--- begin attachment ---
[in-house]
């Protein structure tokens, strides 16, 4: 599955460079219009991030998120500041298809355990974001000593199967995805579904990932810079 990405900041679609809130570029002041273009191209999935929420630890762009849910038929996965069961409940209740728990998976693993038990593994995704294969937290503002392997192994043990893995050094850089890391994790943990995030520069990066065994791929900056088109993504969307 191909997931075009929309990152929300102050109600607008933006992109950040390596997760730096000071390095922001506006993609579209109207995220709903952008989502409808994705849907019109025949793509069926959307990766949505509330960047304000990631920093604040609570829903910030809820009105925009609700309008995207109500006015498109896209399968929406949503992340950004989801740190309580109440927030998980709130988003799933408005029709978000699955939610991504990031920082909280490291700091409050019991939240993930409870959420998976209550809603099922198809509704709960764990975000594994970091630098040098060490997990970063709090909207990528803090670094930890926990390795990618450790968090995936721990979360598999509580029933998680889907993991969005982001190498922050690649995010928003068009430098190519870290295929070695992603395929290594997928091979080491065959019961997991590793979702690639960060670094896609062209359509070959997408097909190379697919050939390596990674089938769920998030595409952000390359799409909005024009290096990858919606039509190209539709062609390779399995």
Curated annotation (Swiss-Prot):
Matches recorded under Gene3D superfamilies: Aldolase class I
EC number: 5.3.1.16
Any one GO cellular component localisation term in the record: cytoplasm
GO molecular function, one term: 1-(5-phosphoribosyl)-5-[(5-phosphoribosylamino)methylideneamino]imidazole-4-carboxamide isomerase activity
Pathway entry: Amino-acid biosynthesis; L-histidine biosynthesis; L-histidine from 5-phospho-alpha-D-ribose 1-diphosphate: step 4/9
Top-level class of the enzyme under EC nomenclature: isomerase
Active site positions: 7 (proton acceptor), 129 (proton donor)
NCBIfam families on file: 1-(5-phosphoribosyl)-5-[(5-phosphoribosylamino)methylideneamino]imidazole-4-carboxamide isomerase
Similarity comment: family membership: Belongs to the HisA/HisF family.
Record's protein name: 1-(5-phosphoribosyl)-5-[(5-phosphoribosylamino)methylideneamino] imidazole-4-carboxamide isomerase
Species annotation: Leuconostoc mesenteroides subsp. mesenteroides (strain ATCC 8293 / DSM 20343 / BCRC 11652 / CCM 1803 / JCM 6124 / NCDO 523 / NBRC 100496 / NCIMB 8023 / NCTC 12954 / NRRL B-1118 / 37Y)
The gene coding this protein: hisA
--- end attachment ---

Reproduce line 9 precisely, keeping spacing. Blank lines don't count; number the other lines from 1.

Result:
Top-level class of the enzyme under EC nomenclature: isomerase